1 By the humility and gentleness of Christ, I appeal to you– I, Paul, who am “timid” when face to face with you, but “bold” toward you when away! 2 I beg you that when I come I may not have to be as bold as I expect to be toward some people who think that we live by the standards of this world. 3 For though we live in the world, we do not wage war as the world does. 4 The weapons we fight with are not the weapons of the world. On the contrary, they have divine power to demolish strongholds. 5 We demolish arguments and every pretension that sets itself up against the knowledge of God, and we take captive every thought to make it obedient to Christ. 6 And we will be ready to punish every act of disobedience, once your obedience is complete. (2 Corinthians 10:1-6 NIV)
I have very few things in common with the Apostle Paul. One of them is that I find it easier to address a difficult situation in writing. This is as far as the similarity goes. Paul is willing to do whatever it takes to get the church at Corinth back on track and expects that this task will not be complete until he is with them in person.
These are extremely popular verses in the study of spiritual warfare. While the weapons and posture of the armed soldier in Ephesians are defensive, this description describes a person on the offensive. A human army on the offensive will use whatever weapons are available to kill the enemy and physically destroy their territory. In Paul’s day these weapons would have been swords, spears, and fire. Our weapons are not physical. When we choose human weapons, either guns or tongues, we are defeated before we begin because we have denied the power of God to defeat the enemy we are facing.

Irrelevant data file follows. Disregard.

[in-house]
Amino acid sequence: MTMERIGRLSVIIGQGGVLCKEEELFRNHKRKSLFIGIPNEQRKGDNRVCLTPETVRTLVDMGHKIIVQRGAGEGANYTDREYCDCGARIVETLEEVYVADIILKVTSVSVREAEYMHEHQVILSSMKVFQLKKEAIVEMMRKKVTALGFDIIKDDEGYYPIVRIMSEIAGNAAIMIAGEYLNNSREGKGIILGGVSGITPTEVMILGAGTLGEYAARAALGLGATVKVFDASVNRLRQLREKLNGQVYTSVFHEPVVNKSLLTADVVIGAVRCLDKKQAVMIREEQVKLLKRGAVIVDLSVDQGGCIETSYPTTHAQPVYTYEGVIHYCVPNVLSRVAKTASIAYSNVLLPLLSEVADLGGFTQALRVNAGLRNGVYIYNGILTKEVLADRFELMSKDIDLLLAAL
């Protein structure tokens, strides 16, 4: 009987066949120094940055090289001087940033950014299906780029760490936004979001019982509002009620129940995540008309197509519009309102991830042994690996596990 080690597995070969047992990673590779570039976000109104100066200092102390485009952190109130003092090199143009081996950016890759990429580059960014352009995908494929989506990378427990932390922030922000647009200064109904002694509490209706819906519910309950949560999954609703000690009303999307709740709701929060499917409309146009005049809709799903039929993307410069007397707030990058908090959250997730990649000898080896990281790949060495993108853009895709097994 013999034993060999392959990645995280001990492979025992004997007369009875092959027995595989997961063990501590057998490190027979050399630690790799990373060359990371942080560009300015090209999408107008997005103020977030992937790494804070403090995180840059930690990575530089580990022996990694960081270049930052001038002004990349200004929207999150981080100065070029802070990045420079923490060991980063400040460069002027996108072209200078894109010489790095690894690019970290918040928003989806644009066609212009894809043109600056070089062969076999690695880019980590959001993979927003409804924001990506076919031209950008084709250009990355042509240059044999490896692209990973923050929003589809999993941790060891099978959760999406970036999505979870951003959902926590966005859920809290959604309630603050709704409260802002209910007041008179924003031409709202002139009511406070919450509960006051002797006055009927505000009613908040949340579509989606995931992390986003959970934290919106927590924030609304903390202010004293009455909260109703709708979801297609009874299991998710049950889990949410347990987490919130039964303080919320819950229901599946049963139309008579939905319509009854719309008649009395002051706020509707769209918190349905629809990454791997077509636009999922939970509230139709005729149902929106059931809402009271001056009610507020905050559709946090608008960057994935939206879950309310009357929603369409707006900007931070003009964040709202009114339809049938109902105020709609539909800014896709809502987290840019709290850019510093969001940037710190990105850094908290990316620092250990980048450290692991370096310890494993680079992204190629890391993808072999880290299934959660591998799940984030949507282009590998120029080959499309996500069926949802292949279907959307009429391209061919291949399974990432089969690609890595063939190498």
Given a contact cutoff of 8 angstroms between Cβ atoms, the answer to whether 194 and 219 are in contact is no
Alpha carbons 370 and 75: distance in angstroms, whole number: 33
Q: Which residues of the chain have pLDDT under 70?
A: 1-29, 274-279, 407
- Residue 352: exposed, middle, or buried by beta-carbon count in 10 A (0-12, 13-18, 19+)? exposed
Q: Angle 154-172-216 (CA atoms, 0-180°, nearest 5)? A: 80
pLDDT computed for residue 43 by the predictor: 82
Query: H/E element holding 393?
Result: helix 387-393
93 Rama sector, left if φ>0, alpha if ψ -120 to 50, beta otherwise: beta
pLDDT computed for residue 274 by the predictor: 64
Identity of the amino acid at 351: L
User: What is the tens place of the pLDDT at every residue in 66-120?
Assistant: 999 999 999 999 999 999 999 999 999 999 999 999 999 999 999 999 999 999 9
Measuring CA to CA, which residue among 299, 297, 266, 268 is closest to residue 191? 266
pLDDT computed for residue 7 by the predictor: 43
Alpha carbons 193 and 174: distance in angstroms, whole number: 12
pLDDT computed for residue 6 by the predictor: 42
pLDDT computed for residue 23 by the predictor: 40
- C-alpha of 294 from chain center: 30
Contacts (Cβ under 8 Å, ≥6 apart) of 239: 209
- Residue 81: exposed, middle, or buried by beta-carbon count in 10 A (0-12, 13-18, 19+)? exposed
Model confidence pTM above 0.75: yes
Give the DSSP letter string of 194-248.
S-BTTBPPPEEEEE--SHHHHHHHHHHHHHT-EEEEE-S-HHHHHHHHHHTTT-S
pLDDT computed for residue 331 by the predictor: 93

Take the helmet of salvation and the sword of the Spirit, which is the word of God. 18 And pray in the Spirit on all occasions with all kinds of prayers and requests. With this in mind, be alert and always keep on praying for all the Lord’s people. (Ephesians 6:17-18 NIV)
There are two things that Paul lists in his instructions on the armor of God that could be considered offensive weapons. The first is the sword of the Spirit. We think of this as the Bible, but that is probably too limited. Thinking of the sword of the Spirit as the Bible removes the supernatural activity of the Spirit. We may speak the words of scripture and even comment on them, but for the truth of the words to have power they must be delivered by the work of the Holy Spirit to the heart. My spoken words go from my mouth to the listener’s ear and then into their mind. I believe that the movement from head to heart is the work of the Spirit.
We may not be able to force the truth of God’s word to move from head to heart, but we can pray. Four times is Ephesians 6:18-20 Paul instructs us to pray. Paul believes that prayer makes a difference. Every time we pray, we should be reminded that there is a war going on in the spiritual realm. It is God who has the power to change what to us seems unchangeable. Paul is confident that the power of God can demolish any barrier.
Despite Paul’s confidence, I struggle with prayer. I believe that God is good and powerful. I also believe that an element of His goodness was His willingness to give us free will. When I pray for change, either for myself or for someone else, I do not doubt God, but I do doubt the willingness of the person I am praying for to change. Nevertheless, I will keep praying. Hearts do change under the power of the Holy Spirit.